Many of the companies, especially the women-owned ones, started out as cottage businesses. Stacy Brown founded Chicken Salad Chick by perfecting a chicken salad and then selling it to friends and neighbors; Alli Webb of Drybar started it as a business she ran from her van, driving between appointments as a way to stay busy while her kids were in school; Lisa Price of Carol’s Daughter invited people to her house to buy homemade cosmetics and was reported to the cops by her neighbor as a suspected drug dealer. Even the more traditional businesses started small. When Whole Foods started it was just an organic grocery store with one location; Crate and Barrel was just a furniture store; Patagonia was a guy trying to build better mountaineering equipment. Very few founders had explicit plans for creating a scalable business that would become an empire worth hundreds of millions of dollars. (Although some did start with that plan — including Jennifer Hyman of Rent the Runway and media mogul Haim Saban.)
You don’t need to have a good idea to start a successful business…
Some of the businesses weren’t just not billion-dollar-ideas, they were ideas that seemed flat out terrible. Dollar Shave Club came from founder Michael Dubin seeing if he could apply his improv comedy background to unloading a warehouse full of razors his friend’s father-in-law had bought. Toms was founded by a serial entrepreneur who knew nothing about shoes or fashion trying to sponsor shoe giveaways to poor children in Argentina. Burt’s Bees founder Burt Shavitz sold gallon-sized milk jugs full of honey from the back of a truck. These aren’t just businesses that you’d have to take a gamble on, like Airbnb or Twitter — these are businesses that no sane person would invest in.
…but you will need to develop one at some point
And yet there is a difference between the “How I Built This” businesses and the “How You Built That” ones created by listeners — the really successful businesses can scale. They weren’t necessarily built with scaling in mind, and they might not have scaled at the beginning, but they got there eventually. Their owners franchised, or opened multiple locations, or dropped product lines that took a lot of effort to make, or added new ones. Ability to scale is why Clif Bar and Bonobos are large businesses and Rex Specs (my favorite listener-run business, which makes sunglasses for dogs) is not. Rex Specs could get there one day, but not by selling dog sunglasses — but if they diversified into dog dental health chews, or little dog booties for snowy days, or doggy earplugs, you might see them profiled on the show one day.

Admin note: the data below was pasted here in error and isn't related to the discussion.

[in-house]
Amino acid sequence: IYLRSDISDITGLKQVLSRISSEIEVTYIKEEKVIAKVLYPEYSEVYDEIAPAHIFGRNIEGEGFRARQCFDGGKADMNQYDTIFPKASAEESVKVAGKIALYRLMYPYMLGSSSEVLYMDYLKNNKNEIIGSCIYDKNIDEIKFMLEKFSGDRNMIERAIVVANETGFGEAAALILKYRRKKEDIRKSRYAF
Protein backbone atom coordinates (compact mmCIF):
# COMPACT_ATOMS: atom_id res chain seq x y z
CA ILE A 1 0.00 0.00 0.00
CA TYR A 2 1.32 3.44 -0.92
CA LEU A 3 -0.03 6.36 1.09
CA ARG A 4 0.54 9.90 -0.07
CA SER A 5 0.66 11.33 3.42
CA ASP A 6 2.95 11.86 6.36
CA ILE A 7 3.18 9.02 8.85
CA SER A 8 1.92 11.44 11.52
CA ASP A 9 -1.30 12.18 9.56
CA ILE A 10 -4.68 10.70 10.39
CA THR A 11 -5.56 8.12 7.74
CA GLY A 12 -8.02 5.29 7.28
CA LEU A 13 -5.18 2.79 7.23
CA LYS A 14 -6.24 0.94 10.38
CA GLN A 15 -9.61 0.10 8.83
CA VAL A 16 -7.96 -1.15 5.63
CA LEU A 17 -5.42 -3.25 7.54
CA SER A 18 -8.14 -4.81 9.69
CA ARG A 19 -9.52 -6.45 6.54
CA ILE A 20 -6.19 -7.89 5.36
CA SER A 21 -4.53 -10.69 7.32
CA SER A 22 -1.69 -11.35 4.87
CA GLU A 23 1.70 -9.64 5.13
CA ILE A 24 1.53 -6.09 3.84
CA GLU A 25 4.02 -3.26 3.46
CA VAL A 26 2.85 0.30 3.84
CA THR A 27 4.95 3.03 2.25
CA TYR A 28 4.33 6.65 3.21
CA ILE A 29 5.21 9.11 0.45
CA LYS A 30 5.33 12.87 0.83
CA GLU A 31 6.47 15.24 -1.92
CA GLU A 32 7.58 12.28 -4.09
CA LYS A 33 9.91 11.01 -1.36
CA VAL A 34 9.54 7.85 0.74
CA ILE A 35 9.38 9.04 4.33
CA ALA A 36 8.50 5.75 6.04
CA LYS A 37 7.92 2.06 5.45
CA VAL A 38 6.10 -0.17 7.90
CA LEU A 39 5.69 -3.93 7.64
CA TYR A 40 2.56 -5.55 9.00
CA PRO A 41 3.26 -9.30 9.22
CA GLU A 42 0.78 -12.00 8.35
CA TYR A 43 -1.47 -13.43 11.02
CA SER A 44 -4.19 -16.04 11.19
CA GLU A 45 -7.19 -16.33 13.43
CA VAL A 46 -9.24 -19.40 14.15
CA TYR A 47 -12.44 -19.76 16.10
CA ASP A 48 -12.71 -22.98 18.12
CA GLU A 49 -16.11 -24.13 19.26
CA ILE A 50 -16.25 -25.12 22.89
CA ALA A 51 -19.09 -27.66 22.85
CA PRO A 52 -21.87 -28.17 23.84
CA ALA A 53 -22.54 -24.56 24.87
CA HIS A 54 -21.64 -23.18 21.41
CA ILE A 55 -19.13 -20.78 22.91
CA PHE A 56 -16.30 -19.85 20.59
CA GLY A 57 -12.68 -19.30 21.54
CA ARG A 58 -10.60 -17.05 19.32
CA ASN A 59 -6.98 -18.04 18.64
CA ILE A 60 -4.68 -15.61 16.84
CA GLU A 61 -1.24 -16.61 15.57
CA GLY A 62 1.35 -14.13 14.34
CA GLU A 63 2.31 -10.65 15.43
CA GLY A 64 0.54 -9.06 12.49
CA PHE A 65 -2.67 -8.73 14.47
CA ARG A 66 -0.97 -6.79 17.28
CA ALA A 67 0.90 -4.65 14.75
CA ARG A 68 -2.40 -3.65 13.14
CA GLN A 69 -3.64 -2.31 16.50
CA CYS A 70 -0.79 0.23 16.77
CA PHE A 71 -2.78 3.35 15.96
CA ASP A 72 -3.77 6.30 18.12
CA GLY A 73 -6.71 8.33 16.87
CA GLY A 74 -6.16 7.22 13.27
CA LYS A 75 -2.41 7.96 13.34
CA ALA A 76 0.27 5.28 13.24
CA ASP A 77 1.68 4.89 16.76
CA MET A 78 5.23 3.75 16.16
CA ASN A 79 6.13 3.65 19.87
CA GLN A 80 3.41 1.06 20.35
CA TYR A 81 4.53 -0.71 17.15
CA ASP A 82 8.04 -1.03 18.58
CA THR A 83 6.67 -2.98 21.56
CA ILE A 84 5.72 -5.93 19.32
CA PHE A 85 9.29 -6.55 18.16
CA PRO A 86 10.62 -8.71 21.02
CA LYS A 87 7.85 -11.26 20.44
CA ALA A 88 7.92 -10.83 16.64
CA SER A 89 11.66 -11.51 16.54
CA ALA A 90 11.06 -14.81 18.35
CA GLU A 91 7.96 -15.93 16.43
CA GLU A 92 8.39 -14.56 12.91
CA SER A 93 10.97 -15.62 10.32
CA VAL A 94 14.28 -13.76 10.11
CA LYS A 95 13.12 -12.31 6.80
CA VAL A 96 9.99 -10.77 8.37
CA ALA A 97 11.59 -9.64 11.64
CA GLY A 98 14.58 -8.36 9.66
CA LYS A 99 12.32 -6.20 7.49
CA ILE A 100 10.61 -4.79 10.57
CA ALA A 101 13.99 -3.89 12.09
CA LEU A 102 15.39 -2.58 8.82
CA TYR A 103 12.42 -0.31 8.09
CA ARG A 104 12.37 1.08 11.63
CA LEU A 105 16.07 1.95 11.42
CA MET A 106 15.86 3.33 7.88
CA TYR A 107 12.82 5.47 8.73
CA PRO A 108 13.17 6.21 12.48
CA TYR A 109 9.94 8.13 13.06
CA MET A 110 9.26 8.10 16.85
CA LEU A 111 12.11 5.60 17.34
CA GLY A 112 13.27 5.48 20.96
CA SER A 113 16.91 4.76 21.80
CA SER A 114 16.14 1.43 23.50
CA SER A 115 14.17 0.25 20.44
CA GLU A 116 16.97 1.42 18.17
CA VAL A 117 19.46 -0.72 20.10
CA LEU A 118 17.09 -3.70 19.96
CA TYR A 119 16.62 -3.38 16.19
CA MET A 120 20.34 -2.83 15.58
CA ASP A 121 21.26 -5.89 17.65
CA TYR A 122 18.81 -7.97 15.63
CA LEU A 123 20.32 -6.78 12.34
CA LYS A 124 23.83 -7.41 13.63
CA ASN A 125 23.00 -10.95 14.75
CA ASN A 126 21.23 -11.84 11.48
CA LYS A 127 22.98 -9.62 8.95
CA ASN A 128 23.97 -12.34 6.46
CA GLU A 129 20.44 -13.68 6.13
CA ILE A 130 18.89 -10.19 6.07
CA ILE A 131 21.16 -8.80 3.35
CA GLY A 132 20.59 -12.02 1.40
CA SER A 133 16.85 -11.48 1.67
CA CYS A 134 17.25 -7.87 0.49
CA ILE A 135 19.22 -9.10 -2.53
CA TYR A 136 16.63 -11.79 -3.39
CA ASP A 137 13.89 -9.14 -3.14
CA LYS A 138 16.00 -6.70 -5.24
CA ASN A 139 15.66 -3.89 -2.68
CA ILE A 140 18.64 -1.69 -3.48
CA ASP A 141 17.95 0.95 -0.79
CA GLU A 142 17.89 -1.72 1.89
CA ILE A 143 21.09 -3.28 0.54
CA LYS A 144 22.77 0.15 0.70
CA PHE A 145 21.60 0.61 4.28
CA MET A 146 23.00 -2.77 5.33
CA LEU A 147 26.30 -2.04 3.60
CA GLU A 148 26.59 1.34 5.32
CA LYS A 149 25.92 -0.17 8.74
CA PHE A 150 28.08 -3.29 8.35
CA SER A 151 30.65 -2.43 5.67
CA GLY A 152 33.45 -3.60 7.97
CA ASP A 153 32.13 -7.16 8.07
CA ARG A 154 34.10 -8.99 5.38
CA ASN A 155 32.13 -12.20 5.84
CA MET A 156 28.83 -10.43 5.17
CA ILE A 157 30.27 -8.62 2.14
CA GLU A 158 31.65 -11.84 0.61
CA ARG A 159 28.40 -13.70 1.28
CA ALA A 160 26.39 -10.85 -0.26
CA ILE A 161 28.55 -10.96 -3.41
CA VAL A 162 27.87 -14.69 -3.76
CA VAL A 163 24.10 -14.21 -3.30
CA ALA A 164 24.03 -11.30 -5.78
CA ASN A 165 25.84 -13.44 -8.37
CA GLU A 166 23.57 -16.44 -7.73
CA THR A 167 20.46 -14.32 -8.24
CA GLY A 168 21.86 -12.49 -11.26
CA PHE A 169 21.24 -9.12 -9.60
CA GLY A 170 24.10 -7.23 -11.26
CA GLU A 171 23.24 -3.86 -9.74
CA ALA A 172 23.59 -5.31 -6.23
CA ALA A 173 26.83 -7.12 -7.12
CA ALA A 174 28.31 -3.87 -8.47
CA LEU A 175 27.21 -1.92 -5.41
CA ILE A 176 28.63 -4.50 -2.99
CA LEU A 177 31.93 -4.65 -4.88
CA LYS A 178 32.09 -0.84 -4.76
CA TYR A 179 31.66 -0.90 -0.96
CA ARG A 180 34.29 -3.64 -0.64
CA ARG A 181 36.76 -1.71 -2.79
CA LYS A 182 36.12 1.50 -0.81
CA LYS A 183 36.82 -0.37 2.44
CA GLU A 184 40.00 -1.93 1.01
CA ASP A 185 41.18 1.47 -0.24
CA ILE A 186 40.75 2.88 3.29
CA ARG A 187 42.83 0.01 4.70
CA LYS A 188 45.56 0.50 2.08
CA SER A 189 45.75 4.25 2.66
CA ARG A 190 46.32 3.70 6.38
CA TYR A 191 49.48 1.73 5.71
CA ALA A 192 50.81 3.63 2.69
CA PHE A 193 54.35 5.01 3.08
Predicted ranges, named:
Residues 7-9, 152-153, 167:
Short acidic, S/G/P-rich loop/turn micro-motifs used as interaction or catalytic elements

Business school is not completely useless
Only a handful of business profiled were founded by business school grads. The main conclusions I can draw from the list (Honest Tea, Rent the Runway, Bonobos, Stitch Fix) are that business students care more about how they dress than I do (to be fair, so does everyone), and that B-school is a great place to meet a co-founder — unsurprisingly, all of those founders met their co-founders at school.
Distribution is even more critical than you think
First time founders are obsessed with product. Second time founders are obsessed with distribution. — Justin Kan, founder of Twitch
Distribution is important. You already knew that. But what’s clear from the show is that having a single good distribution deal is the difference between foundering and wild success for many startups. The story of the founding of Springfree Trampoline, for example, is as much about the inventor’s fight to get his product stocked by Costco as it is about anything else. Every retail product is at the mercy of the companies that stock their product and many were heavily dependent on a single retailer early on, like Method Soap on Target or Honest Tea on Whole Foods or Bob’s Red Mill on Fred Meyer.
It’s fine to sell out
It’s OK to sell out — especially in certain sectors. You can predict a company’s exit more by its industry than by anything else. About half the retail food and beverage brands sold out — Bob’s Red Mill and Clif Bar are still independent, but Larabar and Honest Tea sold to larger companies, as did almost all of the personal care or cosmetics companies. They did this even when this led to real backlash from their customers due to a clash between the existing brand and the brand of the acquirer, like with Carol’s Daughter (a hair care company for Black women, founded by a Black woman, and sold to L’Oreal) or Burt’s Bees (a natural products company with a hippie marketing vibe, sold to Clorox). As Urban Decay founder Sandy Lerner pointed out, these industries — especially cosmetics — are prey to trends, have no lock-in, and are easy to copy. The brands can decline fast and it can make sense to get out while the getting’s good. In addition, they can also benefit tremendously from a larger company’s relationships with retail stores and distribution networks. Honest Tea sales exploded when they were acquired by Coca-Cola, due to increased distribution.